Scores of American companies continue to offer a hybrid work arrangement or a fully remote dynamic for their employees — and many believe remote work is here to stay for the long haul, at least in certain professions.
For those working remotely, the day-to-day schedule can be quite different than the in-person routine of the more traditional arrangement.
The different set-up requires a different approach — for everyone.
"The downsides of boundary-less work require employers to be intentional in making a connection to their workforce," said Alison Stevens, a Boston-based director of human resources services.
Stevens works for Paychex, a Rochester, N.Y.-based leading provider of integrated human capital management software solutions and services for HR, payroll, benefits and insurance solutions for America’s businesses.
The connections she's talking about include consistency of approach by managers — which can, in turn, help employees feel a sense of purpose toward their work, said Stevens.
Consistent feedback and skill-developing opportunities need to be offered, she indicated.
Also, managers can ensure that each person is contributing to the individual team’s success as well as to the overall company objectives.
As remote or hybrid work arrangements continue, here are other tips on building and maintaining rapport — and steps that managers, or any workers, for that matter, might consider taking to help foster strong teamwork and high productivity across their teams and work groups.
Strong communication should be a high priority for all.
"Companies must find creative ways to cultivate personal connections," said Sharawn Tipton, chief people officer at LiveRamp, a data connectivity platform based in San Francisco.
One way to build rapport among remote teams?
Centralize relationship-building tactics through communications.
"This can be achieved by hosting virtual gatherings that are not work-related," to help foster "human connection," said Tipton.
For example, holding "first Friday of the month" team coffee meetings or virtual game nights can help remote workers get to know their teams and co-workers, beyond their day-to-day work and meetings, said Tipton.
By the same token, employees should make sure to participate when such opportunities are offered to them or come up. It's to their benefit.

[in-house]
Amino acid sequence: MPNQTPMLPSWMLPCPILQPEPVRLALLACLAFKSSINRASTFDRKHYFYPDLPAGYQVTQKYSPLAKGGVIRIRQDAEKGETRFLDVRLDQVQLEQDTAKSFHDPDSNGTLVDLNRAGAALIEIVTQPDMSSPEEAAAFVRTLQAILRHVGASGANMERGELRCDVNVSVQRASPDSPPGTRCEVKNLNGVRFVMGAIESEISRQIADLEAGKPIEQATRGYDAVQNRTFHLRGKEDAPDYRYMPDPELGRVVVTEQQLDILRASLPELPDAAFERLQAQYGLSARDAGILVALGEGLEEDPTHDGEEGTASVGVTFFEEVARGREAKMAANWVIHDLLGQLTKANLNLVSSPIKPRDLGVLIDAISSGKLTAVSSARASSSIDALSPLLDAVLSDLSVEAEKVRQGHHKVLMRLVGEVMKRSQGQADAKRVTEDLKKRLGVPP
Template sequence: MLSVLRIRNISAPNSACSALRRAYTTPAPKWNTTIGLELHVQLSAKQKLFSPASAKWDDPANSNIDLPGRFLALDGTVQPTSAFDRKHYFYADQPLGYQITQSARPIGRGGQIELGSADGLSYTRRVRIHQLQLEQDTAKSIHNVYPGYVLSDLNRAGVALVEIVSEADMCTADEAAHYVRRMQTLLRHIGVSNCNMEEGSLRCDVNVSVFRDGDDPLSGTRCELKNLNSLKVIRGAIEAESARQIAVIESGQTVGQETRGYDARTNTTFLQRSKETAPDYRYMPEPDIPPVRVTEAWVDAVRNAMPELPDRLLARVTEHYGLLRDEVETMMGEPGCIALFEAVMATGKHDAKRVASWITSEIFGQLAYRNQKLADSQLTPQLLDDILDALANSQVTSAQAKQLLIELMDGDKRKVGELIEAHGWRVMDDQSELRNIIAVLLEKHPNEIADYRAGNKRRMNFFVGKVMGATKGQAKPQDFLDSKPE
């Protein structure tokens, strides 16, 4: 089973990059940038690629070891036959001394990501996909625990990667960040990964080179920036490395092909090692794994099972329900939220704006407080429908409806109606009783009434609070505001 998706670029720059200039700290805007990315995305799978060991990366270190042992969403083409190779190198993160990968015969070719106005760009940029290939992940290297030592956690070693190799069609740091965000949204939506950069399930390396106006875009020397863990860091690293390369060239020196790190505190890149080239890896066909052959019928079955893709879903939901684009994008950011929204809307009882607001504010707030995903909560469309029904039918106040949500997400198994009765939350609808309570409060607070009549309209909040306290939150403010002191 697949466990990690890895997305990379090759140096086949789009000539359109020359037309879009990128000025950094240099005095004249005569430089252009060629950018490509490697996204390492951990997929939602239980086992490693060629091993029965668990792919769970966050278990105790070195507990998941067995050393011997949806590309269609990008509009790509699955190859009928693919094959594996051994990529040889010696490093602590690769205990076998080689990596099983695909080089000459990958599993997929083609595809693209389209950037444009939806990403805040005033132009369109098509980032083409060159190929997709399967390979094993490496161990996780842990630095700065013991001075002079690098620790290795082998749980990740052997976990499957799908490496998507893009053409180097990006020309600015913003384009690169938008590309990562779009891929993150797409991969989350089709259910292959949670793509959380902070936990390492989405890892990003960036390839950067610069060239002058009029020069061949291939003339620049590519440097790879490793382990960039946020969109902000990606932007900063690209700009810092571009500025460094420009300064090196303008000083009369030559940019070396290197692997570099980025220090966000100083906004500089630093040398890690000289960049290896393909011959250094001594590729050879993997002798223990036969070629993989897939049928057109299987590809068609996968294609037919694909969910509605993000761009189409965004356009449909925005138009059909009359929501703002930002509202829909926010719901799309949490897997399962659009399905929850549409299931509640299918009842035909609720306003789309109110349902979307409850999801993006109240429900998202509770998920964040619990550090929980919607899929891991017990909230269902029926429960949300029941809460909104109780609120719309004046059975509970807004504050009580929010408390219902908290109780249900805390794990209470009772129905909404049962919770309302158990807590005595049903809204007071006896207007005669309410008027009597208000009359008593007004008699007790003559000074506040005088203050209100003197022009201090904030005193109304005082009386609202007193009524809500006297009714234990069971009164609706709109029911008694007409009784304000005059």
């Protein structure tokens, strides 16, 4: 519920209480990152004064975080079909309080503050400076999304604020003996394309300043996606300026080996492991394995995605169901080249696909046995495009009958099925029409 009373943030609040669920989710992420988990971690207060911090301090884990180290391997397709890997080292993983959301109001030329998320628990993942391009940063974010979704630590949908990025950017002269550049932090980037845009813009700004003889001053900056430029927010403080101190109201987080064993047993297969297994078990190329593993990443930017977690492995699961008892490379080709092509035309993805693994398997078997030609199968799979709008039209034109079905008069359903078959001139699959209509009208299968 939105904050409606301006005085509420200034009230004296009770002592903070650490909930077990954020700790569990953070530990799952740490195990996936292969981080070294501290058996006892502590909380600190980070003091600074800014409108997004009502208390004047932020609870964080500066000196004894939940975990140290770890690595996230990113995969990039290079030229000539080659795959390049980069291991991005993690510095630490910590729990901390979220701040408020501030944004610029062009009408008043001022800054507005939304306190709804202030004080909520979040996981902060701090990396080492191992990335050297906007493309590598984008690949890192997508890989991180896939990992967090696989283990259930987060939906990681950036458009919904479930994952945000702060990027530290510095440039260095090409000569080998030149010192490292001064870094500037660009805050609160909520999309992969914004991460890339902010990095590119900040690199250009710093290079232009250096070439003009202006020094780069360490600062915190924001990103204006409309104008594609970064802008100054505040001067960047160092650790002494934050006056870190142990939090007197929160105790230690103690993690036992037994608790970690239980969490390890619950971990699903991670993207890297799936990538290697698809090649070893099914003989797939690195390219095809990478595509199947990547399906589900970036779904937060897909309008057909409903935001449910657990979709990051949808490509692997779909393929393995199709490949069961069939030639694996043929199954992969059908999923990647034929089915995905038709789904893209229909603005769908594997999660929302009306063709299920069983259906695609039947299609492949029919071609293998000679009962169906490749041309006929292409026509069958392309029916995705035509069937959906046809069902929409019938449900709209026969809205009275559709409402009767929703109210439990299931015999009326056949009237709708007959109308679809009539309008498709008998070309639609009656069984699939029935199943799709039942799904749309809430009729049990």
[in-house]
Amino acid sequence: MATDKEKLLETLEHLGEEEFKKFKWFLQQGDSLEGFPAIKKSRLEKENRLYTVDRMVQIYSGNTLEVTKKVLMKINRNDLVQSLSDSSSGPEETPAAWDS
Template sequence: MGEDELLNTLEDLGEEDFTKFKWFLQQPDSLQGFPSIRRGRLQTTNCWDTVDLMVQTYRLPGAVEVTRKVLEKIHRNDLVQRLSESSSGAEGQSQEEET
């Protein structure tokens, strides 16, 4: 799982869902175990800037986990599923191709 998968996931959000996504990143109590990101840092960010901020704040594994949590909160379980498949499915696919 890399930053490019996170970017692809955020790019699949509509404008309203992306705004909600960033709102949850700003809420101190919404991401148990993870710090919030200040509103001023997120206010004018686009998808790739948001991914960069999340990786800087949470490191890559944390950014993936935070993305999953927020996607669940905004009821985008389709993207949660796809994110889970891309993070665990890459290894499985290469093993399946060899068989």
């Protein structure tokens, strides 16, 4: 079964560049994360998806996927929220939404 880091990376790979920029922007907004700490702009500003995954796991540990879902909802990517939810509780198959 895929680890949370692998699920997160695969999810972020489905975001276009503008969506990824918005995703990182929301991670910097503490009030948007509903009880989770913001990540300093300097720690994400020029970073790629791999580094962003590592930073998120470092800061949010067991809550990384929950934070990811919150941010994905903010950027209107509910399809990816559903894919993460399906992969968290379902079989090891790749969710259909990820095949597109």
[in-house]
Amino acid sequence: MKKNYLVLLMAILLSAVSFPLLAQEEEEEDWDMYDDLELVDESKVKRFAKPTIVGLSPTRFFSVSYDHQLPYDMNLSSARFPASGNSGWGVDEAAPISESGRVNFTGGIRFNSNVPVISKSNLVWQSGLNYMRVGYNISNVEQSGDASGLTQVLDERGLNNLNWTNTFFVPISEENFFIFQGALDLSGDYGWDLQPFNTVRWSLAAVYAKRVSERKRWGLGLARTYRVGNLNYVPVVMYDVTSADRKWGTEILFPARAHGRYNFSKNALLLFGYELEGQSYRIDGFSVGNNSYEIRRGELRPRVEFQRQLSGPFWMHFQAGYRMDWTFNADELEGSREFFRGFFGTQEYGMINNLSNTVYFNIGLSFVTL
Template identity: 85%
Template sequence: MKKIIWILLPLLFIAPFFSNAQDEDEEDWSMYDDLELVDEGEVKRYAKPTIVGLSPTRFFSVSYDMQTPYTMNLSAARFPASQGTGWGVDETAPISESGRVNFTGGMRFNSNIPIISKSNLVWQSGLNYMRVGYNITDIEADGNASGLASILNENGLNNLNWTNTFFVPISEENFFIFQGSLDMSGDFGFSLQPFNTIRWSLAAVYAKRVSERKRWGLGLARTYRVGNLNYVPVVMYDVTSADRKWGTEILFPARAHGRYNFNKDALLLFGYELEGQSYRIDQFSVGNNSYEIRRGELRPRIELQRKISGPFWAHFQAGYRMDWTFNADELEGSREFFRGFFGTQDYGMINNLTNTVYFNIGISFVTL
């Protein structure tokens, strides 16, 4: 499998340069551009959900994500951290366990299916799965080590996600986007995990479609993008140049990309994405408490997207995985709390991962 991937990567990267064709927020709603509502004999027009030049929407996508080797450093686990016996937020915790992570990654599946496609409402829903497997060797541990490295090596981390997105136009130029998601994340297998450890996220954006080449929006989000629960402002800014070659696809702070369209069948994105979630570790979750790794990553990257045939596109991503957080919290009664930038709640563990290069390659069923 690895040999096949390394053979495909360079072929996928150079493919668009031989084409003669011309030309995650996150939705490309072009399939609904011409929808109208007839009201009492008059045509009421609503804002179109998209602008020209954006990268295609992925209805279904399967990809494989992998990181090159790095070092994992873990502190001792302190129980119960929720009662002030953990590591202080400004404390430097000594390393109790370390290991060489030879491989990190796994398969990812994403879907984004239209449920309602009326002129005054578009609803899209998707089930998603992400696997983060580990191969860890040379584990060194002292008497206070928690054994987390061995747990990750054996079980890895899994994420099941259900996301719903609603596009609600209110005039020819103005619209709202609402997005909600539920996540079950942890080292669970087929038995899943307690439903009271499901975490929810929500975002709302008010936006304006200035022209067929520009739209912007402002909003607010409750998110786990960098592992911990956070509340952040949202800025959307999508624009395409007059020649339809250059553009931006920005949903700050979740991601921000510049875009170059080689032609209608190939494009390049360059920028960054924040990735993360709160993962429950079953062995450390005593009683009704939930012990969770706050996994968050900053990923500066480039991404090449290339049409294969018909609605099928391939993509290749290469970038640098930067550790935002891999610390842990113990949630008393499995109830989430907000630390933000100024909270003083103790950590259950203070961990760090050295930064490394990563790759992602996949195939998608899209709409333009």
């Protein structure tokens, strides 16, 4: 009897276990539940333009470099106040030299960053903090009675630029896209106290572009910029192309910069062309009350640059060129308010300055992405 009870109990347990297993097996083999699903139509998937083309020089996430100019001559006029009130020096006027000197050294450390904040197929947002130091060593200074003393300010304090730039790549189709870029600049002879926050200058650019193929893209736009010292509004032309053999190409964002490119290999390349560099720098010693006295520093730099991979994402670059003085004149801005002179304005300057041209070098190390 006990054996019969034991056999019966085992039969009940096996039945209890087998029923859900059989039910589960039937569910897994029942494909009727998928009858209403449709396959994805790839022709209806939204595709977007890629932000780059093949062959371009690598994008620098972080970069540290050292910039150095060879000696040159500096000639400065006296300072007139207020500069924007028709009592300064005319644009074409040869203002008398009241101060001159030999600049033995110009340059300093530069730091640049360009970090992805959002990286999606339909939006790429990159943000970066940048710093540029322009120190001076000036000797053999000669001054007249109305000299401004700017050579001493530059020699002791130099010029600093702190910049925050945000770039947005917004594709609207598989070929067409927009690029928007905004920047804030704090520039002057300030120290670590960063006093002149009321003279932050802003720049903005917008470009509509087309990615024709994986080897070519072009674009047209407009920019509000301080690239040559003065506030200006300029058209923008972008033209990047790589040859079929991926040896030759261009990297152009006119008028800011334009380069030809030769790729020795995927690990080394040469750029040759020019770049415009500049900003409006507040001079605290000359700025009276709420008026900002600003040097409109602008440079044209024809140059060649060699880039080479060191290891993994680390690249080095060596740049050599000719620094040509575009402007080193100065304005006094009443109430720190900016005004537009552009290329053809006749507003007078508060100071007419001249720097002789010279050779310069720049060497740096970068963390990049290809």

Employees are likely to be more productive when they feel a sense of belonging and appreciation.
"By continually nurturing an inclusive, high-belonging environment, employees are more likely to deliver exceptional work, champion innovative ideas and be their best selves," explained Tipton.
Managers can be sure to give kudos in team settings such as Zooms.
But if an employee doesn’t meet expectations, do make sure to have that discussion one-on-one.
"If someone on my team went above and beyond on a task, I like to give them praise publicly on our Slack channel, so they feel recognized and valued," said Zoe Biehl, head of content at VentureKite, a digital media company in Miami, Florida.
"Additionally, if they fell short, I will speak with them privately and never publicly call them out. This ensures they know I have their back and won’t put them in uncomfortable situations."
Avoid trying to kill time during video-conference calls or phone calls.
"We have a biweekly content call where we catch up on updates and progress, and tackle any outstanding issues or questions," said Biehl.
"But if we’ve finished our agenda and there’s still another half-hour left in the meeting, I let the team go. [People] are more productive when focusing on pertinent tasks rather than dilly-dallying during superfluous meeting time."
If you're a manager or team leader, make it known that you encourage feedback and suggestions from your remote staff.
If you're a team member — take your manager up on that request.
"It’s important [for managers] to be open to feedback and suggestions to smooth out your business processes," said Biehl.
"I invite my team to share ideas for improved productivity, expertise alignment and anything else."
In addition, she said her group regularly brainstorms "and shares ideas" via team messaging.
All of these steps can smooth the way for stronger remote work processes and results.